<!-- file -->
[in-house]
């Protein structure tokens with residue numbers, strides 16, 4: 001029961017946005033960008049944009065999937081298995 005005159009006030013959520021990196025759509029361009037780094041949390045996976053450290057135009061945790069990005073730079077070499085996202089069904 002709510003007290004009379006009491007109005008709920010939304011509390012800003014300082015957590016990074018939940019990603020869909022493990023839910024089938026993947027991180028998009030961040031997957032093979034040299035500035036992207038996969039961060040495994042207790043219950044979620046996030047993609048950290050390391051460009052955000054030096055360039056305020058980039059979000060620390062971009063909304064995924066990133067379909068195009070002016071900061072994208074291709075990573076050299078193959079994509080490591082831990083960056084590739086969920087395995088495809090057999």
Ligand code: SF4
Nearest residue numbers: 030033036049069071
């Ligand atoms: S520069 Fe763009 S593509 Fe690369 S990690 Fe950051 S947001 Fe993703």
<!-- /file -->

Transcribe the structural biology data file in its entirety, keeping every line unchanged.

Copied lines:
[in-house]
């Protein structure tokens with residue numbers, strides 16, 4: 001029961017946005033960008049944009065999937081298995 005005159009006030013959520021990196025759509029361009037780094041949390045996976053450290057135009061945790069990005073730079077070499085996202089069904 002709510003007290004009379006009491007109005008709920010939304011509390012800003014300082015957590016990074018939940019990603020869909022493990023839910024089938026993947027991180028998009030961040031997957032093979034040299035500035036992207038996969039961060040495994042207790043219950044979620046996030047993609048950290050390391051460009052955000054030096055360039056305020058980039059979000060620390062971009063909304064995924066990133067379909068195009070002016071900061072994208074291709075990573076050299078193959079994509080490591082831990083960056084590739086969920087395995088495809090057999």
Ligand code: SF4
Nearest residue numbers: 030033036049069071
């Ligand atoms: S520069 Fe763009 S593509 Fe690369 S990690 Fe950051 S947001 Fe993703």